Last major update issued on May 8, 2005 at 04:45 UTC.
geomagnetic data - last month (updated daily)]
[Solar wind and electron fluence charts (updated daily)]
[Solar cycles 21-23 (last update May 6, 2005)]
[Solar cycles 1-20]
[Graphical comparison of cycles 21, 22 and 23 (last update May 6, 2005)]
[Graphical comparison of cycles 2, 10, 13, 17, 20 and 23 (last update May 6, 2005)]
[Historical solar and geomagnetic data charts 1954-2004 (last update February 1, 2005)]
[Archived reports (last update May 2, 2005)]
The geomagnetic field was quiet to active on May 7. Solar wind speed ranged between 343 and 541 km/sec.
Solar flux measured at 20h UTC on 2.8 GHz was 99.9. The planetary
index was 10 (STAR Ap - based on the mean of three hour interval ap
Three hour interval K indices: 21012234 (planetary), 21112225 (Boulder).
The background x-ray flux is at the class B4 level.
At midnight there were 2 spotted regions on the visible solar disk. The solar flare activity level was moderate. A total of 2 C and 1 M class events was recorded during the day. Region 10756, now behind the southwest limb, produced an M1.4 impulsive flare at 08:13 UTC.
Region 10758 developed many new spots and expanded to cover a huge area. An M class flare is possible.
Spotted regions not numbered by NOAA/SEC:
[S543] This region rotated partly into view at the northeast limb on May 7 and appears to be complex with both polarities present in the leading penumbra. M flares are possible. Location at midnight: N12E83. Flares: C1.2 at 08:51 and C1.2 at 11:56 UTC.
May 5: A full halo CME (with very faint extensions over the western limbs) was observed in LASCO C3 images beginning at
21:18 UTC. The source of this CME was probably backsided. Interestingly a bright loop was observed just off the northeast limb
later in the day. It is, however, uncertain if this observation has any relevance to the CME.
May 6: A full halo CME was observed in LASCO C3 images beginning at 18:18 UTC. Material distribution around the disk suggest a centrally placed backsided source in the northern hemisphere. Another and more interesting moderately fast CME was observed nearly simultaneously with most of the ejected material seen over the southeast limb. This was at least a partial halo CME, the presence of the other CME makes it hard to determine the full extent. Its source was the long duration event in region 10758.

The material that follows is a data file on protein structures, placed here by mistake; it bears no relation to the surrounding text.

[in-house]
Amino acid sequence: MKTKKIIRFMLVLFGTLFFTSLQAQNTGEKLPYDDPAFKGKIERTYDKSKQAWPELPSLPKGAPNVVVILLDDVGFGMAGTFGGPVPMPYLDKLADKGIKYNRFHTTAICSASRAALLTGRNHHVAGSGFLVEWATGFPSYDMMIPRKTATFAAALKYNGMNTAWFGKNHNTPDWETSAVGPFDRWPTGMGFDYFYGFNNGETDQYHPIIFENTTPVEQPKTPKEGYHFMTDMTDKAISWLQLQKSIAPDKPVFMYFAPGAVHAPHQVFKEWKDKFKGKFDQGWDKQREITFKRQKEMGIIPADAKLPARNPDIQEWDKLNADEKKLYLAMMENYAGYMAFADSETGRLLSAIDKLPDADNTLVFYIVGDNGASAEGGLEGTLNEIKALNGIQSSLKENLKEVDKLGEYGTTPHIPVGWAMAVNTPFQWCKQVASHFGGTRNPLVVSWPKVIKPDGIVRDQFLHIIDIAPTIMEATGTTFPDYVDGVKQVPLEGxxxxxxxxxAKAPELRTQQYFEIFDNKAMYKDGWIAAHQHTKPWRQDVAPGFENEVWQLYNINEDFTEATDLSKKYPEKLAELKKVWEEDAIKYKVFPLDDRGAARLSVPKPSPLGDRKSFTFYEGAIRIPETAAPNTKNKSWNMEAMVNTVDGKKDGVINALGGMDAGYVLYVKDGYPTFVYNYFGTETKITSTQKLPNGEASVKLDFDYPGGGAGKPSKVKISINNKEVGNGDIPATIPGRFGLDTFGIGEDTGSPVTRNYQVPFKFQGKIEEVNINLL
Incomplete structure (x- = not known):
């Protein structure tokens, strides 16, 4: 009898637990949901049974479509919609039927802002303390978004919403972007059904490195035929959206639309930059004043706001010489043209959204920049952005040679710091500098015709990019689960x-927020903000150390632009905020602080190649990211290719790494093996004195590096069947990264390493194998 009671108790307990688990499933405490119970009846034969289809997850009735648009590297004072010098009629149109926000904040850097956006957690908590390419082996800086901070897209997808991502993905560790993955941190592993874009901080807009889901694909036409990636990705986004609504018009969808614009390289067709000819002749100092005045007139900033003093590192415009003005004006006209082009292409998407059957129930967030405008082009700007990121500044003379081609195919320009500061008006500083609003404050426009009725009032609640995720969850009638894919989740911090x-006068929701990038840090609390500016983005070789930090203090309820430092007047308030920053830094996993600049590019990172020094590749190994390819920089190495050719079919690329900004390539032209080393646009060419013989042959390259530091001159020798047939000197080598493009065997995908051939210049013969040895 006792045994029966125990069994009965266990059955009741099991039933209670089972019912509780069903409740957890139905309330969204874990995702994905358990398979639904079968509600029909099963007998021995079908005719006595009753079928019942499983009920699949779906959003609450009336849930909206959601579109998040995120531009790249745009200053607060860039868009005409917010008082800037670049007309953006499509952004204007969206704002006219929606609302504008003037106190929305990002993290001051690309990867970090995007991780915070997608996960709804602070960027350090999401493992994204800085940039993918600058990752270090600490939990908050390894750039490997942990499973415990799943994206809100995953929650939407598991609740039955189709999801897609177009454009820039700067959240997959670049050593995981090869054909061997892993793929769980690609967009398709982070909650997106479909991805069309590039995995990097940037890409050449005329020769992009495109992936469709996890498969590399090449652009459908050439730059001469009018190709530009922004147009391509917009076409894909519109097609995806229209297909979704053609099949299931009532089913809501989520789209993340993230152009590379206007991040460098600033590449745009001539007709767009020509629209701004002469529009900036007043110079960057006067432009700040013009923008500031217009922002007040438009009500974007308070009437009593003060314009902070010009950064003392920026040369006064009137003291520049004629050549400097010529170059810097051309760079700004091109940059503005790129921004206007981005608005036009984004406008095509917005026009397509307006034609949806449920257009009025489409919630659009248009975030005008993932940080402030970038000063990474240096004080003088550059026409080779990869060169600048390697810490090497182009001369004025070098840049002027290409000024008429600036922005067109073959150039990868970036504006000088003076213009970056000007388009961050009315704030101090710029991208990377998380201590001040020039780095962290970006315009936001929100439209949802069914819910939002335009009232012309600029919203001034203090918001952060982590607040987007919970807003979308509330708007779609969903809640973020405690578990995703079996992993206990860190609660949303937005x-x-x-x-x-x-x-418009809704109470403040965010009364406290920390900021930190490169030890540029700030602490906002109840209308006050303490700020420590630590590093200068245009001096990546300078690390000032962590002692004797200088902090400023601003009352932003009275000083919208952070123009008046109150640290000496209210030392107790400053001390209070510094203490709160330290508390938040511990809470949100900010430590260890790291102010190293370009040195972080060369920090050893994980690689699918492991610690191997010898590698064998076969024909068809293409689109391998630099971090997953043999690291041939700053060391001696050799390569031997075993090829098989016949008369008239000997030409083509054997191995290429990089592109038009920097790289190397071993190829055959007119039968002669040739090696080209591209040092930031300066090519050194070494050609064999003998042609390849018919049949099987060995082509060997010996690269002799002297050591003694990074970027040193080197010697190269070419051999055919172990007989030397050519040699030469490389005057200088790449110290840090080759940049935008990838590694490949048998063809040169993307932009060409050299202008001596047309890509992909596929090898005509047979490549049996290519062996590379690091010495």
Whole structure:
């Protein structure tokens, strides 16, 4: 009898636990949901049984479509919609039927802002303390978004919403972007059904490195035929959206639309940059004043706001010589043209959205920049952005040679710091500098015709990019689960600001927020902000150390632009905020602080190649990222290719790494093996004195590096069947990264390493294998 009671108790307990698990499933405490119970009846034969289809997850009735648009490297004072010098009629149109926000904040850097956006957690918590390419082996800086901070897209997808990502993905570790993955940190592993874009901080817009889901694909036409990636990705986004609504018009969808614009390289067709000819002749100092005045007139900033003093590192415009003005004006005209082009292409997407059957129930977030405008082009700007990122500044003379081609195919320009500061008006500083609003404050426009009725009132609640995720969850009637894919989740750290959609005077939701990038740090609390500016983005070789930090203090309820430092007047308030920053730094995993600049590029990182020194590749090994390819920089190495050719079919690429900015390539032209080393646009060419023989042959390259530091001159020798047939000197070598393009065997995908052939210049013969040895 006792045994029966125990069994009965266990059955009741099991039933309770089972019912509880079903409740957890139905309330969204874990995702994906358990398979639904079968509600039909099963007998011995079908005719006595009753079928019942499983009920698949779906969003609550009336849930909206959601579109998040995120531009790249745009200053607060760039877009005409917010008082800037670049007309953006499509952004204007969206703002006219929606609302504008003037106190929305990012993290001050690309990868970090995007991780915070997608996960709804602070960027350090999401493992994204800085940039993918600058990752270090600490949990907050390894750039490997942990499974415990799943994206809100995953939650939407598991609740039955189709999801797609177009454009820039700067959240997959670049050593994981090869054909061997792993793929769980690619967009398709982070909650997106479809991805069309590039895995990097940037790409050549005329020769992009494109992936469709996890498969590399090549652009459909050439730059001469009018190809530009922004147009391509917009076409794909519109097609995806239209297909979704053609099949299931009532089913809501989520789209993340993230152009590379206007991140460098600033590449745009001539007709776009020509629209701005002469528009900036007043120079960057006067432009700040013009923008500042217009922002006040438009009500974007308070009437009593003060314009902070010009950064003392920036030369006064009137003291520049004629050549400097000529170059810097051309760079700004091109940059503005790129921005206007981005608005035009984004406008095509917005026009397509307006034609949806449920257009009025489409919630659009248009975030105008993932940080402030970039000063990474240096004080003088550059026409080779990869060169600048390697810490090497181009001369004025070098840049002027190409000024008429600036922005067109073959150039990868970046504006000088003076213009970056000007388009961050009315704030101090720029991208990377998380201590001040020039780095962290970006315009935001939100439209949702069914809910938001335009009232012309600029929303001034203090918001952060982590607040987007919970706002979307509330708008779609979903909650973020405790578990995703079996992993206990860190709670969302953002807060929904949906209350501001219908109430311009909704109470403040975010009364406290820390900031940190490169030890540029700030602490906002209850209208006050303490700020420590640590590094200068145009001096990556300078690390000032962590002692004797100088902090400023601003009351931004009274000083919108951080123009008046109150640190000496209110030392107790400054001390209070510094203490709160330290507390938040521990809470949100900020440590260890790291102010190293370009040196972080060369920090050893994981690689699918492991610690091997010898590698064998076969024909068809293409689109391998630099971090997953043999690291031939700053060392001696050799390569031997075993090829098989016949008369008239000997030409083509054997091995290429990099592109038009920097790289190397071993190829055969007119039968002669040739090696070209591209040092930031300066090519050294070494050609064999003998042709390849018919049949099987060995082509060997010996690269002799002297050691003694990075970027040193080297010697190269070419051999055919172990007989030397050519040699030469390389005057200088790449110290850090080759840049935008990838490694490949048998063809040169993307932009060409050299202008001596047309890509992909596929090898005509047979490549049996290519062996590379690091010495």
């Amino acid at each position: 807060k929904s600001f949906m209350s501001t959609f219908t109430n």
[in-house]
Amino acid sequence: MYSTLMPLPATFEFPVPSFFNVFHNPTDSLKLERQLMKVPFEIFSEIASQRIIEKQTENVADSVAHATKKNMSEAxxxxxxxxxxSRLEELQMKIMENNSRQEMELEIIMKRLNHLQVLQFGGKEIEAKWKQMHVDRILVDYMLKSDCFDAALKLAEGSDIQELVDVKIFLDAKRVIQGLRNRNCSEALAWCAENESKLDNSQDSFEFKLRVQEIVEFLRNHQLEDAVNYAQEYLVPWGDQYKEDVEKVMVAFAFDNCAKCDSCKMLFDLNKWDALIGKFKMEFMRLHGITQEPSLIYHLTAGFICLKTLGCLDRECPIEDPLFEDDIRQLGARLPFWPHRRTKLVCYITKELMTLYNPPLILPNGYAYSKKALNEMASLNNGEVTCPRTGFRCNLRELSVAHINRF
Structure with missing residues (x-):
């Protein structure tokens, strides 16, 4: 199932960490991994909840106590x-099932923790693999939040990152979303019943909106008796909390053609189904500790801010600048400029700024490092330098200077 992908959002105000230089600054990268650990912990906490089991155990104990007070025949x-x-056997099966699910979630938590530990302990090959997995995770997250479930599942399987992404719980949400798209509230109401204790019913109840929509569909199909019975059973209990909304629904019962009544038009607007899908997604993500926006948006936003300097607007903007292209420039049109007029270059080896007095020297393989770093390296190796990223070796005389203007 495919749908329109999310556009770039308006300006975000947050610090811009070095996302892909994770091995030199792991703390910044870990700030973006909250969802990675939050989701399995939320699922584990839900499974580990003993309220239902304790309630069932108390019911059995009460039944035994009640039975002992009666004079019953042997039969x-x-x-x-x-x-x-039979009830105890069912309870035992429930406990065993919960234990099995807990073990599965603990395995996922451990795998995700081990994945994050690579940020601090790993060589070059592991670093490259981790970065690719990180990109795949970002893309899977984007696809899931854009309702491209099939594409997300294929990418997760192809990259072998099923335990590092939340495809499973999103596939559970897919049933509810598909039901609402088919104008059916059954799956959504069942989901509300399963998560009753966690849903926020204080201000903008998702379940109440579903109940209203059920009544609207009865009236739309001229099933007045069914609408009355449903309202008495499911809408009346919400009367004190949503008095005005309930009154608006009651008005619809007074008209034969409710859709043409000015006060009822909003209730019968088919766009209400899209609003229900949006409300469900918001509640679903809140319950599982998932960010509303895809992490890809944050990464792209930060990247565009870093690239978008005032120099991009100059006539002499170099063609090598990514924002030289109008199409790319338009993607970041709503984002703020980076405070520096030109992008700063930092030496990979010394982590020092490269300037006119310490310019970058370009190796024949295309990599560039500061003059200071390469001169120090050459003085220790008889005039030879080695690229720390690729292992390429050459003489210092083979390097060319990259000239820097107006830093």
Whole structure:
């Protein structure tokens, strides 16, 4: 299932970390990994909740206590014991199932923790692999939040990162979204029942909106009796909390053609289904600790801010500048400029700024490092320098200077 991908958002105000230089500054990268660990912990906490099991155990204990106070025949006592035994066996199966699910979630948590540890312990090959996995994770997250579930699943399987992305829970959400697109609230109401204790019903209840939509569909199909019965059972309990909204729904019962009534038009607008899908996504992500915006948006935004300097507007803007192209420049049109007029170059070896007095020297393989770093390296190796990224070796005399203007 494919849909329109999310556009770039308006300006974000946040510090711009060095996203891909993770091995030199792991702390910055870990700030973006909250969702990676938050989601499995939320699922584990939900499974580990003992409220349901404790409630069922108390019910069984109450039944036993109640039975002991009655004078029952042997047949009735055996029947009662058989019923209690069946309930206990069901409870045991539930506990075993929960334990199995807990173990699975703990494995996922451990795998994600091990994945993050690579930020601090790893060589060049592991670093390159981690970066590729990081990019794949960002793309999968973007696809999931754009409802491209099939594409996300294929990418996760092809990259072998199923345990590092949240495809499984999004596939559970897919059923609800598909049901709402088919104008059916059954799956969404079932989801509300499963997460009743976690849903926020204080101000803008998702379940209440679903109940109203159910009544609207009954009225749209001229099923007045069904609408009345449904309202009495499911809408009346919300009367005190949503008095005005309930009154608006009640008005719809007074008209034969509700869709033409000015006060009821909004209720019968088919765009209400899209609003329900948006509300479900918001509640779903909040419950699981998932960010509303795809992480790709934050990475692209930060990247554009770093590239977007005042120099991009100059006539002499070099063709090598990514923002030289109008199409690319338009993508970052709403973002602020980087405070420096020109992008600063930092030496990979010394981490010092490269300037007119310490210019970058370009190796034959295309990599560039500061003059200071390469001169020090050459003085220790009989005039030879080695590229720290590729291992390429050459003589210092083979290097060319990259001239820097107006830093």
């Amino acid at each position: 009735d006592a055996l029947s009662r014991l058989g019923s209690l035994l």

May 7: No obviously fully or partly potentially geoeffective CMEs were observed.
history (since late October 2002)
Compare today's report with the situation one solar rotation ago: 28 days ago 27 days ago 26 days ago
A large recurrent coronal hole (CH163) in the northern hemisphere was in an Earth facing position on May 6-7.
Processed SOHO/EIT 284 image at 01:06 UTC on May 8. The darkest areas on the solar disk are likely coronal holes.
The geomagnetic field is expected be unsettled to major storm on May 8-10 due to a high speed stream from CH163 and the arrival of a CME observed on May 6.
|Coronal holes (1)||Coronal mass ejections (2)||M and X class flares (3)|
1) Effects from a coronal hole could reach Earth
within the next 5 days. When the high speed stream has arrived
the color changes to green.
2) Material from a CME is likely to impact Earth within 96 hours.
3) There is a possibility of either M or X class flares within the next 48 hours.
Green: 0-20% probability, Yellow: 20-60% probability, Red: 60-100% probability.
Long distance low and medium frequency (below 2 MHz) propagation along east-west paths over high and upper middle latitudes is very poor. Propagation along long distance north-south paths is fair. Trans Atlantic propagation conditions are normally monitored every night on 1470 kHz. Dominant station tonight: Radio Cristal del Uruguay. Propagation favored stations from Argentina and Uruguay on other frequencies as well. In particular the Buenos Aires stations on 710, 790 and 870 kHz had fair to good signals.
Compare to the previous day's image.
Data for all numbered solar regions according to the Solar Region Summary provided by NOAA/SEC. Comments are my own, as is the STAR spot count (spots observed at or inside a few hours before midnight) and data for regions not numbered by SEC or where SEC has observed no spots. SEC active region numbers in the table below and in the active region map above are the historic SEC/USAF numbers.
|Active region||Date numbered||SEC
|Location at midnight||Area||Classification||Comment|
|10756||2005.04.25||4||S07W88||0260||DSO||rotated out of view|
longitudinal extent: 20 degrees
|Total spot count:||35||43|
flux at Earth
|International sunspot number||Smoothed sunspot number|
cycle 23 sunspot max.
|2004.11||113.2||43.5||(34.8 predicted, -1.1)|
|2004.12||94.5||17.9||(33.4 predicted, -1.4)|
|2005.01||102.2||31.3||(30.9 predicted, -2.5)|
|2005.02||97.2||29.1||(28.3 predicted, -2.6)|
|2005.03||89.9||24.8||(26.5 predicted, -1.8)|
|2005.04||86.0||24.4||(24.6 predicted, -1.9)|
|2005.05||109.2 (1)||12.0 (2)||(22.0 predicted, -2.6)|
1) Running average based on the daily 20:00 UTC observed solar flux
value at 2800 MHz.
2) Unofficial, accumulated value based on the Boulder (NOAA/SEC) sunspot number. The official international sunspot number is typically 30-50% less.
This report has been prepared by Jan Alvestad. It is based partly on my own observations and analysis, and partly on data from some of these solar data sources. All time references are to the UTC day. Comments and suggestions are always welcome.